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The British Columbia government has tabled legislation aimed at cracking down on mega-mansions on protected agricultural land that would override the municipal zoning rules of cities that have set their own limits on house sizes.

Bill 52, the Agricultural Land Commission Amendment Act, if passed, would limit new house sizes to about 5,400 square feet, a government guideline that was recently backed by an independent committee looking into legislative and regulatory changes to better protect the province’s Agricultural Land Reserve (ALR).

Exemptions for homes needed to support farming would require approval by the Agricultural Land Commission. The commission, an independent tribunal mandated to preserve agricultural land and encourage farming, administers the ALR, which was established in 1973 to protect land with prime agricultural conditions for farming and ranching. It currently protects about 4.6 million hectares of land.

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The legislation would reinstate one zone for all ALR land in B.C. – eliminating the previous two-zone structure – and increase penalties for dumping construction debris and other toxic waste on the protected land.

Announcing the legislation on Monday, Minister of Agriculture Lana Popham blamed the previous Liberal government for allowing the ALR to be undermined for years.

“Instead of protecting farmland, the old government let wealthy speculators drive up property values year after year, and let some of B.C.'s best farmland get turned into estates for mega-mansions,” she said in Victoria.

The provincial legislation would override the zoning rules of cities such as Richmond, where the issue has been hotly debated. Richmond city councillors in May had voted in favour of two motions to maintain residential buildings on ALR land at nearly 11,000 square feet, while also allowing for second residential buildings of up to about 3,200 square feet.

Richmond Councillor Bill McNulty, who had put forward the motion to keep the maximum size at 11,000 square feet rather than a smaller limit, said he did so because restricting house size alone does not necessarily encourage agriculture.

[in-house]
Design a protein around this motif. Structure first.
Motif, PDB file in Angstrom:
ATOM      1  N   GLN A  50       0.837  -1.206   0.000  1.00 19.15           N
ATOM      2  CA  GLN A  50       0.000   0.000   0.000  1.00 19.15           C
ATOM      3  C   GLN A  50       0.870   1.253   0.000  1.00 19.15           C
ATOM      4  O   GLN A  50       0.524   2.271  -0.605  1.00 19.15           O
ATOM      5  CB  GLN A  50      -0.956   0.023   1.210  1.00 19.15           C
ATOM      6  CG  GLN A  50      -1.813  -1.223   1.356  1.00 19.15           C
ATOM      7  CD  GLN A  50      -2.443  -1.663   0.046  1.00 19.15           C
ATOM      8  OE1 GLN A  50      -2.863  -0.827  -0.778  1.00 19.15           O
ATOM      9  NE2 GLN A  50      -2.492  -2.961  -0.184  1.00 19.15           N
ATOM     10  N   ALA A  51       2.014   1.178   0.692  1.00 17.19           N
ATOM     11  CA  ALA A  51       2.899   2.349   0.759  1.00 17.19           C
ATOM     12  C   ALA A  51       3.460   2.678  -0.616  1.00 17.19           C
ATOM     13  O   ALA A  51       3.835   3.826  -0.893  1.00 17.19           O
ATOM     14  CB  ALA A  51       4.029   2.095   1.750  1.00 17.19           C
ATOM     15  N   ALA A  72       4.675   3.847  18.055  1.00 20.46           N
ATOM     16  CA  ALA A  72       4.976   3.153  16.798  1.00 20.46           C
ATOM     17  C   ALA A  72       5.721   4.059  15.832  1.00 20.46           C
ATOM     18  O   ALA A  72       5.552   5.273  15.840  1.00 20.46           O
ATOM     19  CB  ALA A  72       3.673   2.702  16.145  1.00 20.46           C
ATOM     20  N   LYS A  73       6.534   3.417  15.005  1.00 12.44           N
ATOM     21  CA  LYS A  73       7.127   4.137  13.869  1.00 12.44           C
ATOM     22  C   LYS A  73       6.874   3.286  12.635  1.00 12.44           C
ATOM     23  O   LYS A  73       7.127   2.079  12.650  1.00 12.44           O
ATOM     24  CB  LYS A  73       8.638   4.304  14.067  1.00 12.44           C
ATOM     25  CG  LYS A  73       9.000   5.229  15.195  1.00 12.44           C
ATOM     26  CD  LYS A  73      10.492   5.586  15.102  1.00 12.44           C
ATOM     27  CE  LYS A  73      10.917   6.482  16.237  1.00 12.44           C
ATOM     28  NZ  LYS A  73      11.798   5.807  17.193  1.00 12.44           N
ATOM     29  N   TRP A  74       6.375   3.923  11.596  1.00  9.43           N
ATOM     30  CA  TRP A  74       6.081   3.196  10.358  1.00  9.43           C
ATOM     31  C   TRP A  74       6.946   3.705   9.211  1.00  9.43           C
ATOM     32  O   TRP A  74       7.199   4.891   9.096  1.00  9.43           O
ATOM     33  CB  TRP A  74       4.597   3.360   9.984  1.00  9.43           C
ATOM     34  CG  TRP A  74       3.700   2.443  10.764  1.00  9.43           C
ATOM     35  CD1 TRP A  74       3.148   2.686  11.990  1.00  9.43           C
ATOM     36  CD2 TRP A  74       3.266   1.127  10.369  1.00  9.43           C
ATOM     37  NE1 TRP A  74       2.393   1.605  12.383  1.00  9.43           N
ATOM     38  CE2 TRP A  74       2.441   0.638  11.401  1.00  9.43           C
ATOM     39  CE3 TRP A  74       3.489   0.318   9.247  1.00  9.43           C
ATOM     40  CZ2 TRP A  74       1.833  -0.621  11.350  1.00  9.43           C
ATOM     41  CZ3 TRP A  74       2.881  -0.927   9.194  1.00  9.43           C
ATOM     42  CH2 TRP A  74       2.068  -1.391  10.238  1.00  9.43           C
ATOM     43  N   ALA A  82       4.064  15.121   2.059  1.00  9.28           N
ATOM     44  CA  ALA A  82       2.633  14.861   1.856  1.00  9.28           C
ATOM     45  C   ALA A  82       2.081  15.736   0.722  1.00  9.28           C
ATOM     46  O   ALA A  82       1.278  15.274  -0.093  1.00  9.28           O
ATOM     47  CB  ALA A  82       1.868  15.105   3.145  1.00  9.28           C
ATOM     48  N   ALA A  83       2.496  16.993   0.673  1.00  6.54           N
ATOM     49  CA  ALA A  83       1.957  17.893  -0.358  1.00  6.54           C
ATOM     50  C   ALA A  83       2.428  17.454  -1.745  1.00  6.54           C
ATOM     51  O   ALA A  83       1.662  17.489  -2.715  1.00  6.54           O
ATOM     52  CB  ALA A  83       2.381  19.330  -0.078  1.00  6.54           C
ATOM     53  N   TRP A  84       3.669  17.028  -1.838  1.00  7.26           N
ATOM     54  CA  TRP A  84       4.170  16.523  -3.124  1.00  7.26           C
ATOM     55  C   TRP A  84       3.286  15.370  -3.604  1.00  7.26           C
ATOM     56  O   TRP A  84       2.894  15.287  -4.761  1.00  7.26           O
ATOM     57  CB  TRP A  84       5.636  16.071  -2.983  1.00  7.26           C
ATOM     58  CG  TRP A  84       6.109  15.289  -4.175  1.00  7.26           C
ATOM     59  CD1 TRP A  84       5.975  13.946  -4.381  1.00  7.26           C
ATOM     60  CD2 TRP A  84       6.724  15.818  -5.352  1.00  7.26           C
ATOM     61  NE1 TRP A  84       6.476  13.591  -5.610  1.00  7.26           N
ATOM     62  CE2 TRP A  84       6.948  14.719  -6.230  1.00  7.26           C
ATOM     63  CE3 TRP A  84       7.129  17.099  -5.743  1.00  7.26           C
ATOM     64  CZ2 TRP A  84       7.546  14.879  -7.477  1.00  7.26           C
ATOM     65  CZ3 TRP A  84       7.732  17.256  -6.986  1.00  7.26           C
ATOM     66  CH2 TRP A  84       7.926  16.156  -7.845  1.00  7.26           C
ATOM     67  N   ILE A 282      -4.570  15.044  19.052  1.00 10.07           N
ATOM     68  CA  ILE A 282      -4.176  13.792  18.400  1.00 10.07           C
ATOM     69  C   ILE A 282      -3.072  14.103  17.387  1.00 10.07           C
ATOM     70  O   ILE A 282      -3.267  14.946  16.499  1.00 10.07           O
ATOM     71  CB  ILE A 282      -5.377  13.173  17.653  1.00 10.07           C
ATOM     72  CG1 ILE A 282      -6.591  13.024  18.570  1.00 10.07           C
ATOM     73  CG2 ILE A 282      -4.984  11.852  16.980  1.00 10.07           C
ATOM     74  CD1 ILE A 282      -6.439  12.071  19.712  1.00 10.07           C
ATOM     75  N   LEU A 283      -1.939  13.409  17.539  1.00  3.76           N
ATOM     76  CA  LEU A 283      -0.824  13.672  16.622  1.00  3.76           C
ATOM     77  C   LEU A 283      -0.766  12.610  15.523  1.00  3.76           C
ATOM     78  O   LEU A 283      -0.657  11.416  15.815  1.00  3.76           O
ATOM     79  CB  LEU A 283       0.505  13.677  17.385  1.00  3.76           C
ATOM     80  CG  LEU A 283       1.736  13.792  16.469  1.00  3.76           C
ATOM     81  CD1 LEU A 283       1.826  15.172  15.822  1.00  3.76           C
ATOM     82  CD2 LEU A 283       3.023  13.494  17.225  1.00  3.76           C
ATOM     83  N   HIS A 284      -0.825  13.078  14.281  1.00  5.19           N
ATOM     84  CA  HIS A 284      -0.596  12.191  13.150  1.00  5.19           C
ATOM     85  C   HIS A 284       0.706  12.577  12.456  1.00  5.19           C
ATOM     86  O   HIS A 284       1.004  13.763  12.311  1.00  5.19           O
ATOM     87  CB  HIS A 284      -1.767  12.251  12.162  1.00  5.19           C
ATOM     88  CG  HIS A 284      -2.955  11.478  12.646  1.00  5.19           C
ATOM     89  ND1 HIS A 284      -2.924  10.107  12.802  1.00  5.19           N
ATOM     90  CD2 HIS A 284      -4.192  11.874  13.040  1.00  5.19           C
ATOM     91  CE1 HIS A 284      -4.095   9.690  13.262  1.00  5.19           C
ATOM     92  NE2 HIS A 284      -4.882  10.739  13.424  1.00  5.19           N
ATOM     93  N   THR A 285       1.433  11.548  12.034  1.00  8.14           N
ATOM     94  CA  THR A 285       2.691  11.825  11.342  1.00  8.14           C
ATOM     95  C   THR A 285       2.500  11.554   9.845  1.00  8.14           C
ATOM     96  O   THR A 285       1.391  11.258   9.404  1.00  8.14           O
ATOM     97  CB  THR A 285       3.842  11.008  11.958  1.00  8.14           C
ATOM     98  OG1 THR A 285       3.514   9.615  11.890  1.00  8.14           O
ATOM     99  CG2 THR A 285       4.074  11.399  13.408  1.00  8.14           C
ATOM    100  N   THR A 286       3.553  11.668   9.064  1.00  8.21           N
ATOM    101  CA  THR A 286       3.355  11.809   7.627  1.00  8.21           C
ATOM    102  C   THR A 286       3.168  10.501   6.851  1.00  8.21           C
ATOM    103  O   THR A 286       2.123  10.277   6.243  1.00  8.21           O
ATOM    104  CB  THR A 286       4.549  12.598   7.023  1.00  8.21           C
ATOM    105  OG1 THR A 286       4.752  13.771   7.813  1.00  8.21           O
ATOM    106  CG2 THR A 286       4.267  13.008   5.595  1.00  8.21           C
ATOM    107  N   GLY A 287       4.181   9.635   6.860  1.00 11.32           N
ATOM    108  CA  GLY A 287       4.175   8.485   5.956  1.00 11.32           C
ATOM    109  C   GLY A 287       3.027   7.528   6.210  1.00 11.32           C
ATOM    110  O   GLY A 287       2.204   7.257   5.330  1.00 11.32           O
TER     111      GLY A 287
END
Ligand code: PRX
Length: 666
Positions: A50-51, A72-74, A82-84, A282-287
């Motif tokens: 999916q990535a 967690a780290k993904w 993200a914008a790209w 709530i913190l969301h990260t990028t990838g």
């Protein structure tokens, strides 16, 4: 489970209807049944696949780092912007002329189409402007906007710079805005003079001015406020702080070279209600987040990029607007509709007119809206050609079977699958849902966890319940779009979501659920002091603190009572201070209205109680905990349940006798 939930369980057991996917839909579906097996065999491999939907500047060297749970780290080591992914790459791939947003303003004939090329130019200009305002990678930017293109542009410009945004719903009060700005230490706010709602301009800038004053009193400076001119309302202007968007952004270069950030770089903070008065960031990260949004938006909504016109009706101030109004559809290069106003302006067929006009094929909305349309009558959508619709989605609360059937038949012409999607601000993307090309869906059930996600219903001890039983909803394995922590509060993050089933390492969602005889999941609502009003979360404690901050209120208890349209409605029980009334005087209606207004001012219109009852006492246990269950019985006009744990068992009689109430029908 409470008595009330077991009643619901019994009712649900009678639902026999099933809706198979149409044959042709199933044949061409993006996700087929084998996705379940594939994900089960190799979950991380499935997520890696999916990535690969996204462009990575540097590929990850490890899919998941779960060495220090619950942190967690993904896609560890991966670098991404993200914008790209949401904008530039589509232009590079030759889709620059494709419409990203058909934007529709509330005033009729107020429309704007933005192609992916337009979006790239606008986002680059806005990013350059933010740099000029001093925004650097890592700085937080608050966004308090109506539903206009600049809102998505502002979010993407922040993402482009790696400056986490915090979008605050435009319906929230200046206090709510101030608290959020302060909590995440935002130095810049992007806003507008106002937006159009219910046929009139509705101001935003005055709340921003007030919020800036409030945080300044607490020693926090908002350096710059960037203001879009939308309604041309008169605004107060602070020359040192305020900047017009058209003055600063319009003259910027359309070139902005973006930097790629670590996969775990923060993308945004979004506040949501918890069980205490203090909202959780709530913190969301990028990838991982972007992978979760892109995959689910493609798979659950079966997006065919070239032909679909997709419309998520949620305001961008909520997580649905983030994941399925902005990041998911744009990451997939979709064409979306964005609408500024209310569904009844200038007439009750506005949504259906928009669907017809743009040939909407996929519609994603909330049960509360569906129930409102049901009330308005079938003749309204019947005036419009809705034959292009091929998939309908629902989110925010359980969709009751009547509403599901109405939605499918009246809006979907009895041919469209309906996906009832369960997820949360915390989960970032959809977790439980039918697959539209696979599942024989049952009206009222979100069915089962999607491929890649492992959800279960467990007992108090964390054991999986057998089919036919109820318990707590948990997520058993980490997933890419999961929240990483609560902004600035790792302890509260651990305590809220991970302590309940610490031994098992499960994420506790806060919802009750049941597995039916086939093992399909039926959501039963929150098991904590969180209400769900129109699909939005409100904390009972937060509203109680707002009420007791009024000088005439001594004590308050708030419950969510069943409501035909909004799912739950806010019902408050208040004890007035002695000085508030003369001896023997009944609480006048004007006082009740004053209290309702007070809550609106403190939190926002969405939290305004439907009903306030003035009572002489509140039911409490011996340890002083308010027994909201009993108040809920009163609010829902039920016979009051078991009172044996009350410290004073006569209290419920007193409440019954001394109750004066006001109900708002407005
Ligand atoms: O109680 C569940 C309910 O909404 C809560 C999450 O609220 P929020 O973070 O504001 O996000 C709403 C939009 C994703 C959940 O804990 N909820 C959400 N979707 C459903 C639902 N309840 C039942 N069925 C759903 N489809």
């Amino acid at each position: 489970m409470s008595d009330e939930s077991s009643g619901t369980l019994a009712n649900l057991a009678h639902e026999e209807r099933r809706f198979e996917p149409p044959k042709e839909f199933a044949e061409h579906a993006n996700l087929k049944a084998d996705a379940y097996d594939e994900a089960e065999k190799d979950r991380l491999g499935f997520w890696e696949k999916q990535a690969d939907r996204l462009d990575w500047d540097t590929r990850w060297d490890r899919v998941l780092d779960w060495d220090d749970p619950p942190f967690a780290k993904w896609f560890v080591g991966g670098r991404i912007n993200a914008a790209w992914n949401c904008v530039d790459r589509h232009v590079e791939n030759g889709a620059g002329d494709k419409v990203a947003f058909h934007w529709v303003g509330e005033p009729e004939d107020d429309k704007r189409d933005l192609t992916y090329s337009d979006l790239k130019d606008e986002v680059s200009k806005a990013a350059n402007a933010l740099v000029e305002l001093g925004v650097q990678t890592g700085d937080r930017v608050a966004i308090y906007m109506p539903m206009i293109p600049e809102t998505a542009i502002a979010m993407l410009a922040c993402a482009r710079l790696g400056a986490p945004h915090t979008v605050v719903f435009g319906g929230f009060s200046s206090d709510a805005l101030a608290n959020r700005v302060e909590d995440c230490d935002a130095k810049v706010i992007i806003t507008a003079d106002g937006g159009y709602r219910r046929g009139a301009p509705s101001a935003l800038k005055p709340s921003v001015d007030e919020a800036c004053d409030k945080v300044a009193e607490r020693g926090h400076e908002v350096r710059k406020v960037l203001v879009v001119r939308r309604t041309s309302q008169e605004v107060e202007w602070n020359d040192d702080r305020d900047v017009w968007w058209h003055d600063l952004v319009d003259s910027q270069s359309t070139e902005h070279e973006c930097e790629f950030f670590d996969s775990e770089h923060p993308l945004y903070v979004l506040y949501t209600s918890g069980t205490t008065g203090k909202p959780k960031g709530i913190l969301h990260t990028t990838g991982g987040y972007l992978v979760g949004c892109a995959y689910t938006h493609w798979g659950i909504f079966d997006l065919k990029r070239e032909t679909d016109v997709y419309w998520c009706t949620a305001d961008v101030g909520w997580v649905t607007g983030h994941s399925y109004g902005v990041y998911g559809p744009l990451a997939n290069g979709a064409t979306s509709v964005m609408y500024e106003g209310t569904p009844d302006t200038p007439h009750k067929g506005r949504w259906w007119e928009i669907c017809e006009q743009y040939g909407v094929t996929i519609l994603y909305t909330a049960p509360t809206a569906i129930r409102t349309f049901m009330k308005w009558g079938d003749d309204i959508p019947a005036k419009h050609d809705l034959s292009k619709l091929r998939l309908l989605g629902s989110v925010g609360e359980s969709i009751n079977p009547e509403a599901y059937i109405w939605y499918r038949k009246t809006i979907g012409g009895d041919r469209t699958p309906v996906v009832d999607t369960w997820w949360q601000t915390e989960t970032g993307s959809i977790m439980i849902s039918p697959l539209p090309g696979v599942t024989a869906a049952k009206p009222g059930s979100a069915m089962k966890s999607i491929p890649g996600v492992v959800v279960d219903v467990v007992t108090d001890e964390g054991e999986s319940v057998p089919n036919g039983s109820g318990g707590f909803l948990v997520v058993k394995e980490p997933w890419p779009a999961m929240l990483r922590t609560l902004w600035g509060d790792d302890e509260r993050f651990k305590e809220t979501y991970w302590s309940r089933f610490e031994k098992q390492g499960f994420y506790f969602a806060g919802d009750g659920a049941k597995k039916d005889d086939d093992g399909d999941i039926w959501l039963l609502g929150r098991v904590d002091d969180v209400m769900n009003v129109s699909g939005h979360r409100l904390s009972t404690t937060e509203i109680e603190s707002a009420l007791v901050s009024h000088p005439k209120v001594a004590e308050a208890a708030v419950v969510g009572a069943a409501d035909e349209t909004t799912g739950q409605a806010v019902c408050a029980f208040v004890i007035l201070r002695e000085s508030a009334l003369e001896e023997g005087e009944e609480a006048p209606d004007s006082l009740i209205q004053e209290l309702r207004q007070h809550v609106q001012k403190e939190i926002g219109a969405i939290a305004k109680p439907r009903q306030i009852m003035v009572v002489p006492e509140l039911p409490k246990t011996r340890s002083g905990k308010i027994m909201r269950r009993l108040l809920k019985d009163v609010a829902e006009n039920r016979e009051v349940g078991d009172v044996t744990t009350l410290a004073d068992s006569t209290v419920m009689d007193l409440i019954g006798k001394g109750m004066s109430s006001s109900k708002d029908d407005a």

The councillor said Monday that he was pleased the provincial government is stepping in.

“For too long, the provincial government, particularly the NDP government, has not done its job,” Mr. McNulty said in an interview. “This is a provincial thing, the Agricultural Land Commission, the agricultural land bank. It’s the province’s responsibility. For too long, they expected the cities and municipalities to deal with this issue … so the fact they’re looking at it is a good thing.”

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Richmond Mayor Malcolm Brodie, who had opposed the motion, said Monday he believed that smaller house size restrictions would stop a lot of speculation on farmland, making it more affordable.

Richmond City Council will hold a committee meeting Tuesday, as scheduled prior to Monday’s announcement, to debate restricting house sizes on farmlands to 5,200 square feet.

A 2016 Globe and Mail investigation revealed that investors and speculators exploited tax breaks for farmland by purchasing land designated for farming and using it for development and illegal hotels. B.C. law stipulates that agricultural properties with more than two acres can keep their farm status – and all their tax breaks – as long as they sell just $2,500 worth of farm products a year.

Adam Olsen, spokesman for agriculture for the B.C. Green Party caucus, said he was relieved that the government is taking action on the issue.

“The proliferation of mega-mansions on B.C. farmland has driven up prices at a time when the industry faces a demographic crisis,” Mr. Olsen said in a statement. “The cost of farmland is cited as the number one barrier to young farmers hoping to enter the market. Keeping farmland at a price that is competitive for farmers, not real estate speculators, is crucial.”

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